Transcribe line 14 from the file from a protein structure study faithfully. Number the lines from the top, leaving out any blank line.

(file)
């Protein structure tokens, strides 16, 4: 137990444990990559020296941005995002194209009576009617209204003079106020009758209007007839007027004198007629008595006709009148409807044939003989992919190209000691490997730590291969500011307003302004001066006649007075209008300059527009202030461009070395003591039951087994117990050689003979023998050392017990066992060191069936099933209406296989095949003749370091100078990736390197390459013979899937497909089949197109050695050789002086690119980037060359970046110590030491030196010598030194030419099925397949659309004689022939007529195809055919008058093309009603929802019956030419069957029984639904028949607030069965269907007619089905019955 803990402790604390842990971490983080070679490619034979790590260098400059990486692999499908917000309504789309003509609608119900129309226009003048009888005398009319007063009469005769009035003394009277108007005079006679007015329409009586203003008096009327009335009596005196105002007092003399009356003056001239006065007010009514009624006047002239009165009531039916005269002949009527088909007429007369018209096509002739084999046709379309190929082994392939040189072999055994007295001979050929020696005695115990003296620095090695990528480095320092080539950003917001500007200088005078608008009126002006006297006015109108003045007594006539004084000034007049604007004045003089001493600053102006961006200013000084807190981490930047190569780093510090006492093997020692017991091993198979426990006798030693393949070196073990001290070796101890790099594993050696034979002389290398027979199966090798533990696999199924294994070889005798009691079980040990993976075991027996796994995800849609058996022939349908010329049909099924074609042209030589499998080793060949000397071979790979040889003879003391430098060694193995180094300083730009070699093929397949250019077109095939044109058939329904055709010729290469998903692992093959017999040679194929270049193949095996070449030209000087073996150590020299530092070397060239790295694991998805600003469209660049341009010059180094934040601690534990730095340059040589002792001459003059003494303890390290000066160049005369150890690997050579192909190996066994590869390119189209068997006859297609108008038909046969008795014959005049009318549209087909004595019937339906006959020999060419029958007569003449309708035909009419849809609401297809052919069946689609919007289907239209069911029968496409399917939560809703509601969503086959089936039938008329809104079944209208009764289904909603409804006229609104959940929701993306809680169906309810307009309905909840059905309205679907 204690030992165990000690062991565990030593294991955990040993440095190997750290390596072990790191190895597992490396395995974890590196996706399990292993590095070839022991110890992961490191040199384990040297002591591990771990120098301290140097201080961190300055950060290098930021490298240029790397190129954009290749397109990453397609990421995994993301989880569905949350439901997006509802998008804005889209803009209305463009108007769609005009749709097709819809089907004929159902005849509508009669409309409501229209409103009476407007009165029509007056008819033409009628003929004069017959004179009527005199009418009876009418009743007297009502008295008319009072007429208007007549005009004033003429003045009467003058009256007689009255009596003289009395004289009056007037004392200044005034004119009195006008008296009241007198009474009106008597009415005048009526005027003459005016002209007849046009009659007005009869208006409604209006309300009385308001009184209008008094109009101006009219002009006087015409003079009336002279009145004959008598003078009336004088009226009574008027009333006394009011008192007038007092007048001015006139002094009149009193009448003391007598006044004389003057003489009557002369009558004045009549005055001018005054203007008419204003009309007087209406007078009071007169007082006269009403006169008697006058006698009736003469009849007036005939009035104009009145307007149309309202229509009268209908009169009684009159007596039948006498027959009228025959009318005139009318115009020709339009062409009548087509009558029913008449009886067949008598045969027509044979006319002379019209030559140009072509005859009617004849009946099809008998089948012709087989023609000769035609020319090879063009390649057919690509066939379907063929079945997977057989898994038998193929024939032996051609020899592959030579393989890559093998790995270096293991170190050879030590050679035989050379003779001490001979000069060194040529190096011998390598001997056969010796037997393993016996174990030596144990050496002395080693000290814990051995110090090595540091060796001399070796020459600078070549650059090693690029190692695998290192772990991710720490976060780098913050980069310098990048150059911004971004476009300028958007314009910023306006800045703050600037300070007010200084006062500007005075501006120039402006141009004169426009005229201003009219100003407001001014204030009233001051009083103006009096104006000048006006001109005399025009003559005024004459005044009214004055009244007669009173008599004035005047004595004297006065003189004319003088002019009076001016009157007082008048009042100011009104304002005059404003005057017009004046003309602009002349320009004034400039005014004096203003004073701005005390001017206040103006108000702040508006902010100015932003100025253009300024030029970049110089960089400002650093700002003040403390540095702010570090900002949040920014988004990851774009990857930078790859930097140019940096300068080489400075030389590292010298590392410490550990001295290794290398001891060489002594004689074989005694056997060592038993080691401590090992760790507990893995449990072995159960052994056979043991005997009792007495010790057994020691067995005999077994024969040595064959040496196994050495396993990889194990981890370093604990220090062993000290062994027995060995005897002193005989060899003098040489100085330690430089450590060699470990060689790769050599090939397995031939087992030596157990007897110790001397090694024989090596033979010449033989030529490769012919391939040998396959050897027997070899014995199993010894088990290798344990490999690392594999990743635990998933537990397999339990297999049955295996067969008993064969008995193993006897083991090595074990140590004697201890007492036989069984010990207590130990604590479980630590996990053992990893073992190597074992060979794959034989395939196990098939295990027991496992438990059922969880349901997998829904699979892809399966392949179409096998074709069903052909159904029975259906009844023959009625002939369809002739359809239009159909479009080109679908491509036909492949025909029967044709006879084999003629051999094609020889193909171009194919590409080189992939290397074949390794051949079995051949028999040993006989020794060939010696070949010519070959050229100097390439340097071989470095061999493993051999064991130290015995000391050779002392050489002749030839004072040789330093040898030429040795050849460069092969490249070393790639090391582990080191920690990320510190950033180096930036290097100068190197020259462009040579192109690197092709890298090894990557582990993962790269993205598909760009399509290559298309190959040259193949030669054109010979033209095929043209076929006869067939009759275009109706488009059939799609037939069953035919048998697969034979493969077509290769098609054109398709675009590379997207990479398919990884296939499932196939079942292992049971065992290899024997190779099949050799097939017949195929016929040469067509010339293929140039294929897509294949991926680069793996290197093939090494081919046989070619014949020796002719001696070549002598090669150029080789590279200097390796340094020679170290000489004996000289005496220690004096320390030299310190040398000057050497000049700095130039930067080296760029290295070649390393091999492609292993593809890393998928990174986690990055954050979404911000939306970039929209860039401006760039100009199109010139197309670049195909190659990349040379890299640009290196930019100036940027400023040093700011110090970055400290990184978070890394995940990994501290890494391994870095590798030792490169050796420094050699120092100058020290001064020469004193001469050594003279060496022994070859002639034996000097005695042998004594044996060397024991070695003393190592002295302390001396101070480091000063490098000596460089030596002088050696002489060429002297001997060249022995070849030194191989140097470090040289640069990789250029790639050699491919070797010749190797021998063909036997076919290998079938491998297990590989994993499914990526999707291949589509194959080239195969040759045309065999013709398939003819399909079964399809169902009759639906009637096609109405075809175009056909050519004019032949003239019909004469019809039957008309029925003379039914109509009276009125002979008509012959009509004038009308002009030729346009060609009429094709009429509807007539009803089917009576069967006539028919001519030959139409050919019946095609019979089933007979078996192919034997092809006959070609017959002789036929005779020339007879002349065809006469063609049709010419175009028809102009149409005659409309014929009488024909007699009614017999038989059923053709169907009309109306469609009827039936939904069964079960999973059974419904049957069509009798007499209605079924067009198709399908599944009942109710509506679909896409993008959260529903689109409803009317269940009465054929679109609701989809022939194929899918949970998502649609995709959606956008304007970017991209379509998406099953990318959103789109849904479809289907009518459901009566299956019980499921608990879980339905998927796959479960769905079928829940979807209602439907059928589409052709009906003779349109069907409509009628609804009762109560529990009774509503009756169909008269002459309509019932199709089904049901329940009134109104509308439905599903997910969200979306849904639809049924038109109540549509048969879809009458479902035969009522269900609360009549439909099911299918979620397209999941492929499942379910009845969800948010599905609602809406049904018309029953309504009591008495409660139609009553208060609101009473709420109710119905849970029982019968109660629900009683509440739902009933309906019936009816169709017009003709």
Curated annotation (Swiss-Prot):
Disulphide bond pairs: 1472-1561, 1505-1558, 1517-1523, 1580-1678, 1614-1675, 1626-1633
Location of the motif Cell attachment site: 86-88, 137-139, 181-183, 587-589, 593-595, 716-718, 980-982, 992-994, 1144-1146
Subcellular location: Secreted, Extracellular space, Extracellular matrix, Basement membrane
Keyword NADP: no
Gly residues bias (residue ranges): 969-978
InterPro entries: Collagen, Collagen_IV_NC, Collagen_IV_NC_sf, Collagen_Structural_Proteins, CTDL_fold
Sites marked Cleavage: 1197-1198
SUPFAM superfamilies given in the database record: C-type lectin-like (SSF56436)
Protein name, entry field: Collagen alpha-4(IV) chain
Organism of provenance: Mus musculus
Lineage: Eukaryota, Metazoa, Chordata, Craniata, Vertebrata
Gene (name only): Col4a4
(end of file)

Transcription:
Gene (name only): Col4a4